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Mark Twain’s America, Then and Now. By Laura DeMarco. Pavilion Books, 2019. Pp. 144. Hardcover $22.50. ISBN-13: 978-1-911641-07-0.
Can anyone honestly say they have stood for a moment at a historic site and not imagined the past coming alive? This blending of time and place, past with the present, may be a uniquely human strength, or perhaps a childish weakness. But it is human, and few of us could stand below the steps of the Lincoln Memorial and not hear the echo of Martin Luther King’s immortal aspiration, or walk in the pastoral greenery of Gettysburg and not think the quietude ironic, or stand in any Nazi death camp and not be stricken with anger and grief.
Shakespeare said the past is prologue; Faulkner said the past is not only not dead–that it’s not even past; and, Mark Twain wrote in one of his letters that the one thing we must remember about the past is that we can’t restore it. But none of this wisdom ever discouraged a Twainian, and when a Twainian finds himself in a place where Twain once breathed the air, time and place begin to blur and the present recedes as the tidal past rolls in.
Twainians are not alone: This has long been true for all readers who find themselves at literary shrines, as evidenced by the dozens of books about such shrines that have found eager buyers for more than a century, beginning with several during Twain’s lifetime, including Charles F. Briggs’s Homes of American Authors (1853), J. L. and Joseph Gilder’s Authors at Home (1888), and Theodore Wolfe’s Literary Shrines: Some Haunts of Famous American Authors (1895), Literary Homes and Haunts (1899), and Literary Rambles at Home and Abroad (1901). Twain’s homes were included in the Gilder and Wolfe volumes, and the Langdon family library included a copy of the Briggs book that may have caught Twain’s eye.
The literature about literary shrines grew during the twentieth century, and a glance through the bibliographies and indices of more recent books like Ehrlich and Carruth’s The Oxford Illustrated Literary Guide to the United States (1982), John Eastman’s Who Lived Where (1983), Geri and Eben Bass’s U. S. Guide to Literary Landmarks (1984), Irvin Haas’s Historic Homes of American Authors (1991), and Francesca Premoli-Droulers’s Writers’ Houses (1995), gives a hint of the extensive literature on the subject.
Twain is included in virtually every such guide, with the focus nearly always on his grand Hartford home or his humble boyhood home in Hannibal. The other places where he lived are sometimes mentioned, but the places where significant events in his life took place are usually ignored or overlooked. Hilary Irish Lowe’s candid assessment of Twain’s major homes, Mark Twain’s Homes and Literary Tourism (2012), was a welcome and much-needed addition to this literature, focusing on Florida and Hannibal, Missouri, Hartford, and Quarry Farm. Steve Courtney’s “The Loveliest Home That Ever Was”: The Story of the Mark Twain House in Hartford (2011) is a model for such guides focusing on a single location.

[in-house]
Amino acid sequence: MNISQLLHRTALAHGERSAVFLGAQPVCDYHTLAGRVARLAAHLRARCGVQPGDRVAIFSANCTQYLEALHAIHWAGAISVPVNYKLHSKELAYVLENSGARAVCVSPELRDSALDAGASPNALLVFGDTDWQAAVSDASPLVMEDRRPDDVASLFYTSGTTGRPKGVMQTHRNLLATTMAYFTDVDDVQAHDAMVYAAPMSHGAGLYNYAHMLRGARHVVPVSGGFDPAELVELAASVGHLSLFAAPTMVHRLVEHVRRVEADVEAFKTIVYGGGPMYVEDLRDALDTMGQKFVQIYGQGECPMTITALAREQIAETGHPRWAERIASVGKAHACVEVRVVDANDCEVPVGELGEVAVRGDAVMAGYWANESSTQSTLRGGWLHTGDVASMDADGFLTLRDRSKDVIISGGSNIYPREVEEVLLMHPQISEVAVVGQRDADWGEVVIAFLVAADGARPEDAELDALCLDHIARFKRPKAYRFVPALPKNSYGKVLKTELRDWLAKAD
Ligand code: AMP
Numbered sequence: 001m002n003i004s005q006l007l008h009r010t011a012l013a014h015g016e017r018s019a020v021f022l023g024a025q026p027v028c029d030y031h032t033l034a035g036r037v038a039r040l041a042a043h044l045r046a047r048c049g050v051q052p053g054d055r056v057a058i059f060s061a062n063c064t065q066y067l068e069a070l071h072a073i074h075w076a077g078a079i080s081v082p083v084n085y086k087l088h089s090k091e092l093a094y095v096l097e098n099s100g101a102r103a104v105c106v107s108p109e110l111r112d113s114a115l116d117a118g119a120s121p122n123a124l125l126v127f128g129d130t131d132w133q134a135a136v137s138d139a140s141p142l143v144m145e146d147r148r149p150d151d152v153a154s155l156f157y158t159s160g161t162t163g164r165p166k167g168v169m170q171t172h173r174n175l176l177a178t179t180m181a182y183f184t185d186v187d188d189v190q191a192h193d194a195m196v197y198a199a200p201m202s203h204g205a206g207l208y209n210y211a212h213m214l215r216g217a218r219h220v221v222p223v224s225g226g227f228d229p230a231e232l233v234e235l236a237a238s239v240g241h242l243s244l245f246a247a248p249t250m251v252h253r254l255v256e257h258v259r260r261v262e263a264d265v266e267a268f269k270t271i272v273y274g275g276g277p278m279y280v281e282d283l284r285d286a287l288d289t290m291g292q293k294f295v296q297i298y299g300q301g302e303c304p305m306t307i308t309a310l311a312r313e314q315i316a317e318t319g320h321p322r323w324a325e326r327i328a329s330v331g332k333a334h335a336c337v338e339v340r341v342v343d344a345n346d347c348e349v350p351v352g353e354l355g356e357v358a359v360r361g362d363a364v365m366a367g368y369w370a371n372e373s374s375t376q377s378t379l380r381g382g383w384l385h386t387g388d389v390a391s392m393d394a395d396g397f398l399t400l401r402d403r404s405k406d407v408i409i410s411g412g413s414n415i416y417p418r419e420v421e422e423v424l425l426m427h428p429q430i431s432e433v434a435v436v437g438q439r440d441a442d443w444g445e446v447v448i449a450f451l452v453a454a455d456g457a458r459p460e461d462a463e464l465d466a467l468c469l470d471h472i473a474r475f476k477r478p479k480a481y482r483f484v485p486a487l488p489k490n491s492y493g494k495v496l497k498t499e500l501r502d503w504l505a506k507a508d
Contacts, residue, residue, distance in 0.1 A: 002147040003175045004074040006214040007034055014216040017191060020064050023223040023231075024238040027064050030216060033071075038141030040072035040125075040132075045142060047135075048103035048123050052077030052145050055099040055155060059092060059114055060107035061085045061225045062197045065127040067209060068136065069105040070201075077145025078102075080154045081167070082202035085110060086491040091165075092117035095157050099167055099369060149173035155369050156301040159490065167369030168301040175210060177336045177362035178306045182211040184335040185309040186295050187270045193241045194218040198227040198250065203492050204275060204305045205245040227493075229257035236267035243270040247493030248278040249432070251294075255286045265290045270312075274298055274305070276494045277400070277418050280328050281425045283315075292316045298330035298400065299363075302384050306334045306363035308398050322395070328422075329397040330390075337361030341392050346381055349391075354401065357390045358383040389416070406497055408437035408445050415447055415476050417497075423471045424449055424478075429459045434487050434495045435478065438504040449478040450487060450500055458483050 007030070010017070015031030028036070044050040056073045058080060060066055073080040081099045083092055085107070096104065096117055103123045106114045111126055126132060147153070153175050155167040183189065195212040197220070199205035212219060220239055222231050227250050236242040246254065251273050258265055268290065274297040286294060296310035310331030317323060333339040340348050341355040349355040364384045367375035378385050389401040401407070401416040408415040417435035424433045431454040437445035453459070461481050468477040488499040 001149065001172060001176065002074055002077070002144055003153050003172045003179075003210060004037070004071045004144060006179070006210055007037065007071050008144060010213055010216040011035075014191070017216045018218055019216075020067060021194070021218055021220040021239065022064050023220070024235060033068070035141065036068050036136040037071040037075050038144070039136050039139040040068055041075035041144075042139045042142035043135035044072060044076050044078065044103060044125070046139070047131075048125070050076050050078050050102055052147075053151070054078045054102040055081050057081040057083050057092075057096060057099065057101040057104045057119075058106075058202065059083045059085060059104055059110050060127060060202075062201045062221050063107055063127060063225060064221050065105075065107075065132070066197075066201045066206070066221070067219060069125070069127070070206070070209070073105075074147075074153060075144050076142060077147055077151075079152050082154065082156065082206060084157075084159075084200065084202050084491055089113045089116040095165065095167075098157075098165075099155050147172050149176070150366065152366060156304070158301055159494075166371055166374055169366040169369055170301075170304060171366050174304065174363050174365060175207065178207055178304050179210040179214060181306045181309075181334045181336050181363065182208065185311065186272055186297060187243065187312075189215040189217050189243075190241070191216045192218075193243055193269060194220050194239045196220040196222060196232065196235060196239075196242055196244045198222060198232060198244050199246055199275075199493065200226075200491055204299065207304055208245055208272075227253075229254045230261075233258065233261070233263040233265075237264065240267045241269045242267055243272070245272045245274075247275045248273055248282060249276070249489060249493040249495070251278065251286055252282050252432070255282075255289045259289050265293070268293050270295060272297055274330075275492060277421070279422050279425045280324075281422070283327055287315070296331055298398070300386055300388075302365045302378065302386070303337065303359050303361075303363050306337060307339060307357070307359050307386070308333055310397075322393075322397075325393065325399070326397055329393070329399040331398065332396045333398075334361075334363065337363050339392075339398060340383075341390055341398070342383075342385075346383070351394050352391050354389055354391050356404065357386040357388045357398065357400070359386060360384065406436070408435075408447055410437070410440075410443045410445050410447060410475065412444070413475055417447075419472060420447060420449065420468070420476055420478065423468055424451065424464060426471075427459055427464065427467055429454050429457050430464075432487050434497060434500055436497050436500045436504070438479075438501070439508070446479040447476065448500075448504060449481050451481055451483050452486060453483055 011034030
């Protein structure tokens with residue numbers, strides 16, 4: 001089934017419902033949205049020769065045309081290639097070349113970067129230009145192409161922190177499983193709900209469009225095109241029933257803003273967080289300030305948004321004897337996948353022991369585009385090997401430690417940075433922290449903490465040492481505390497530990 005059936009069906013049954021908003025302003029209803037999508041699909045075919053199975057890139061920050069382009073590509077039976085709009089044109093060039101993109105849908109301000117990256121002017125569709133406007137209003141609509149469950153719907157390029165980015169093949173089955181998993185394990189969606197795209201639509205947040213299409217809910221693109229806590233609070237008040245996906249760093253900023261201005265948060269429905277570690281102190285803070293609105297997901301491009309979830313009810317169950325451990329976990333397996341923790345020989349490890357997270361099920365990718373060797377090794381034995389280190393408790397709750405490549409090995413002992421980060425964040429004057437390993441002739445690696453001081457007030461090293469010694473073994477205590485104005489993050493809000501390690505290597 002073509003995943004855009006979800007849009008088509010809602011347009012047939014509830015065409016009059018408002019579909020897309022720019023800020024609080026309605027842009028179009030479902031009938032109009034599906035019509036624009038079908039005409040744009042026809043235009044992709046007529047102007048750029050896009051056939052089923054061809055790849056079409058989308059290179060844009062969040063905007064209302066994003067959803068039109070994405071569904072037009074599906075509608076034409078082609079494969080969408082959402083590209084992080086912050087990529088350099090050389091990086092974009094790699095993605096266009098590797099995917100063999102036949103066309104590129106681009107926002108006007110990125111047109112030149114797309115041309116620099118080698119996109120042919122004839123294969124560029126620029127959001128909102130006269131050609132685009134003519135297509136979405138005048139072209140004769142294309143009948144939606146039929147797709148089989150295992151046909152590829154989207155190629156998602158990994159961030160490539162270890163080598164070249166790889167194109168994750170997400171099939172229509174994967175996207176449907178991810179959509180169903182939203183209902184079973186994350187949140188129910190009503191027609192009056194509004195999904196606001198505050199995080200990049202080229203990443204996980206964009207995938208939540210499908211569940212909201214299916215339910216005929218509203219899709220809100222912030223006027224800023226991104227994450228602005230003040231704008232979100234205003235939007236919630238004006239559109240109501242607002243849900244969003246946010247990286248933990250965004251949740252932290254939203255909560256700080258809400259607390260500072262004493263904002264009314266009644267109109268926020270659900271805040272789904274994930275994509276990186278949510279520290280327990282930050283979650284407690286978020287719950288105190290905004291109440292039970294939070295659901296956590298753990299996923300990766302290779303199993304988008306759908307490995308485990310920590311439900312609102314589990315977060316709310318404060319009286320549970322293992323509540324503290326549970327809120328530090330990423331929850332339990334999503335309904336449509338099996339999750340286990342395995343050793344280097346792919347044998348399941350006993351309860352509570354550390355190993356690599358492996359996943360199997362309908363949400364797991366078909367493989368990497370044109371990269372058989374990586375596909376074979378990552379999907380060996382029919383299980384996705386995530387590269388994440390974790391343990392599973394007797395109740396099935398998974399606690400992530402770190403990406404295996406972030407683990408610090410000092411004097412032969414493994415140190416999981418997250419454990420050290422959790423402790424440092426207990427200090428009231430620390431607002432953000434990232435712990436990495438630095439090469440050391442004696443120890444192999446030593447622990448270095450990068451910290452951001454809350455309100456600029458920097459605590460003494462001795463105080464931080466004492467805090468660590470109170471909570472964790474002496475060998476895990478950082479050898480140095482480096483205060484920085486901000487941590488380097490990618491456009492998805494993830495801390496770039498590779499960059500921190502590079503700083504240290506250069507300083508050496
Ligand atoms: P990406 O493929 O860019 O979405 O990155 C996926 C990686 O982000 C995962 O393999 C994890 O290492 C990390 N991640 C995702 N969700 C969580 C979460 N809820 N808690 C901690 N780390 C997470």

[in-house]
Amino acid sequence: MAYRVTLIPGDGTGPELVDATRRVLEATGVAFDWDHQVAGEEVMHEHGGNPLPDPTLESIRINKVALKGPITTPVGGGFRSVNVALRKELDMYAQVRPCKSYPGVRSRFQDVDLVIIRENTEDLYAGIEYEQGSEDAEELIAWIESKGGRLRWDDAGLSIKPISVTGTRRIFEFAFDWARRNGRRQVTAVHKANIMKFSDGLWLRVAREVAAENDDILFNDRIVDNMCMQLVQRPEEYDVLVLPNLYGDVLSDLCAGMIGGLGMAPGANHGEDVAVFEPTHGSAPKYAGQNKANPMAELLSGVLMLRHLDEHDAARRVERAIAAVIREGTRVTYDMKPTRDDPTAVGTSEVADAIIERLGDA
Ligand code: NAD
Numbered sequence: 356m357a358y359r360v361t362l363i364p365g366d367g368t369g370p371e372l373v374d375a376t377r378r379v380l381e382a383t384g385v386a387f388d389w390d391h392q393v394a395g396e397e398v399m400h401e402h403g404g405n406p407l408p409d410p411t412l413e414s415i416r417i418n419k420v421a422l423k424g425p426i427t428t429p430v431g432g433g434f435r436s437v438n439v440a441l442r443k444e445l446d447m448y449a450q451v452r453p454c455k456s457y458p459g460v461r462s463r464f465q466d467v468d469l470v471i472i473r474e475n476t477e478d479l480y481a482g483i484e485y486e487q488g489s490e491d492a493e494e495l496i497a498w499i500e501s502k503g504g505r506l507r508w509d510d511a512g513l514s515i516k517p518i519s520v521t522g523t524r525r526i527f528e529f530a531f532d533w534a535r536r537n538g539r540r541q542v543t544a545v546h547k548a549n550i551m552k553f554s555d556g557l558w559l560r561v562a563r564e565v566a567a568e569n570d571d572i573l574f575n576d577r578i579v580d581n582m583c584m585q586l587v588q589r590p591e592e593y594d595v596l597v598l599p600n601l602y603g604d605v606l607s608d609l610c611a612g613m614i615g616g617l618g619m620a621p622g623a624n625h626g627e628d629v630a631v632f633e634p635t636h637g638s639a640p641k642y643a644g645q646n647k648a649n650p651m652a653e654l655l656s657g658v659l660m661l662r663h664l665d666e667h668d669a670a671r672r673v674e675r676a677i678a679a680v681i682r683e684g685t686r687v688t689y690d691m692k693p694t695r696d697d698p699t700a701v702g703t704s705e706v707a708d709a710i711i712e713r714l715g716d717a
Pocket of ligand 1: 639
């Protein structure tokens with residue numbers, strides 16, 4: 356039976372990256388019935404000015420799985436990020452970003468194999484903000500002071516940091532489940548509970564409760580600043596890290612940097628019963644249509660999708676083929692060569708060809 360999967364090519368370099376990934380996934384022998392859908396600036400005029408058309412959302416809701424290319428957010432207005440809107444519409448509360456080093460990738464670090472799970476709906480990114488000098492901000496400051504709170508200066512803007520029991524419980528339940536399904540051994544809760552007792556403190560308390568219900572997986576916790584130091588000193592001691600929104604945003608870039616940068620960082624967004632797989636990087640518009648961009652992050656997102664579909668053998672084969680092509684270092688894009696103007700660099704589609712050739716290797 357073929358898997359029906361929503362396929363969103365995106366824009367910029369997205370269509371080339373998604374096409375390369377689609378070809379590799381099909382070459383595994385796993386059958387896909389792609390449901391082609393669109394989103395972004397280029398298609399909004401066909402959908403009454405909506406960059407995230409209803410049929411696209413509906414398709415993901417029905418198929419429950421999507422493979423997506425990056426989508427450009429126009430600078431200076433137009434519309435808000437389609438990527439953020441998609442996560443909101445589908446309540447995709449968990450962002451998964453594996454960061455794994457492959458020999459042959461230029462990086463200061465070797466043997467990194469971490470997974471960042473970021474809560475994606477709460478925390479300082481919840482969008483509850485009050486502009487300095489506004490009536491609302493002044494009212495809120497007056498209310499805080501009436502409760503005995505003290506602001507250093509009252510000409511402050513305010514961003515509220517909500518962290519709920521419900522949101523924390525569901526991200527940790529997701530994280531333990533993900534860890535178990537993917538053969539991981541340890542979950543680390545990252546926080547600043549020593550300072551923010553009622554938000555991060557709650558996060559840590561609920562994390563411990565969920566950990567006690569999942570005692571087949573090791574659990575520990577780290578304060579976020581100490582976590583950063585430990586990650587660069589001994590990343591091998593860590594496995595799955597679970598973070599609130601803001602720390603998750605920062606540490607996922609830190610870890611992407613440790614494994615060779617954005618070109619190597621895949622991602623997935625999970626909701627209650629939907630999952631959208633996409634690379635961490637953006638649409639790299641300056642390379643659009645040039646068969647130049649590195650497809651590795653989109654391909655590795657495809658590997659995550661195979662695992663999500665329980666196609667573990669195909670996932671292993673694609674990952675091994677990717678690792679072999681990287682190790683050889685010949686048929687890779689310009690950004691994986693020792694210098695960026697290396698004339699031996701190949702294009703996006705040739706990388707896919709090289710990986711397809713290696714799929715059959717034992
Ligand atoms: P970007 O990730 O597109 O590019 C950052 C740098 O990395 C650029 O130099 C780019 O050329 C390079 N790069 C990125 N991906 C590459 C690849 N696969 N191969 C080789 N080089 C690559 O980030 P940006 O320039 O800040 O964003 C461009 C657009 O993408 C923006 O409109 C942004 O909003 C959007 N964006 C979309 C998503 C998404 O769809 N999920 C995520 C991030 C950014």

The newest addition to this shelf is Laura DeMarco with Mark Twain’s America, Then and Now, a delightful travelogue of Twain’s American meanderings. Sixty-eight places are pictorially documented, then and now, with nearly 200 old and new images, drawings, and photographs, many in color. As the title of this book makes clear, this tour of Twain’s haunts and homes is American, and no attempt is made to capture every single spot of ground where Twain spent his time. There are a few minor omissions–the home of the Gilders were Twain stayed after his wife’s death, the home of Laurence Hutton where he spent time with some fellow authors, or the homes of friends like Henry Rogers or William Dean Howells where his visits were usually brief. Some Twainians might wish that the Hooker home where Twain and Livy stayed in Hartford while their mansion was being built (and where their son Langdon died) could have been included; it still stands, subdivided into apartments, just a short stroll down the street from the Hartford Memorial. Also not included, but still standing, is Orion’s home in Carson City, Nevada (it’s now a law office). Orion’s last home in Keokuk, where Jane Clemens lived out her last years, also still stands. Other places that were not included have changed completely, like the grassy street corner in Keokuk where the Ivins House survived until the 1950s when it was razed to make room for nearby public housing; Twain gave his first public speech to a group of printers there. Also omitted is the block where the magnificent Lick House hotel stood in San Francisco before it was levelled in the 1906 earthquake, where Twain sometimes stayed, and once hosted a dinner. But the Occidental Hotel, where he also stayed, is included. It too was destroyed in the San Francisco Earthquake, but not before its bar was credited with being the place where the martini was created…
…finish reading Kevin Mac Donnell’s review at the Mark Twain Forum.
Also check out Laura DeMarco’s post on Twain’s flirtations with Cleveland.